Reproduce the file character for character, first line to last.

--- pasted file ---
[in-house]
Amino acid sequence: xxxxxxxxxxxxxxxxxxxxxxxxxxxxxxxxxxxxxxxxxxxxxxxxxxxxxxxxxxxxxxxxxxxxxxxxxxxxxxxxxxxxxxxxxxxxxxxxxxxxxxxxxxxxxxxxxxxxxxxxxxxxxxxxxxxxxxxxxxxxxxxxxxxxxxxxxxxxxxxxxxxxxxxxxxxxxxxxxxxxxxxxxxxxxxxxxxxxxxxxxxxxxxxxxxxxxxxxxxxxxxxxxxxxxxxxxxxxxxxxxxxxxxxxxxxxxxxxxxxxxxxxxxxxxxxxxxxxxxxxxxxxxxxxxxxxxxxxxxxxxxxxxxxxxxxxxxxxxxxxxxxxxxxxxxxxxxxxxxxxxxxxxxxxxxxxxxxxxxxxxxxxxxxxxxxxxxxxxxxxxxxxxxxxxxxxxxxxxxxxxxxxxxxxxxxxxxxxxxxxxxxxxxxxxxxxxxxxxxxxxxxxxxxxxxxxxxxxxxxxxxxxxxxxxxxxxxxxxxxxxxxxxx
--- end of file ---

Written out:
[in-house]
Amino acid sequence: xxxxxxxxxxxxxxxxxxxxxxxxxxxxxxxxxxxxxxxxxxxxxxxxxxxxxxxxxxxxxxxxxxxxxxxxxxxxxxxxxxxxxxxxxxxxxxxxxxxxxxxxxxxxxxxxxxxxxxxxxxxxxxxxxxxxxxxxxxxxxxxxxxxxxxxxxxxxxxxxxxxxxxxxxxxxxxxxxxxxxxxxxxxxxxxxxxxxxxxxxxxxxxxxxxxxxxxxxxxxxxxxxxxxxxxxxxxxxxxxxxxxxxxxxxxxxxxxxxxxxxxxxxxxxxxxxxxxxxxxxxxxxxxxxxxxxxxxxxxxxxxxxxxxxxxxxxxxxxxxxxxxxxxxxxxxxxxxxxxxxxxxxxxxxxxxxxxxxxxxxxxxxxxxxxxxxxxxxxxxxxxxxxxxxxxxxxxxxxxxxxxxxxxxxxxxxxxxxxxxxxxxxxxxxxxxxxxxxxxxxxxxxxxxxxxxxxxxxxxxxxxxxxxxxxxxxxxxxxxxxxxxxx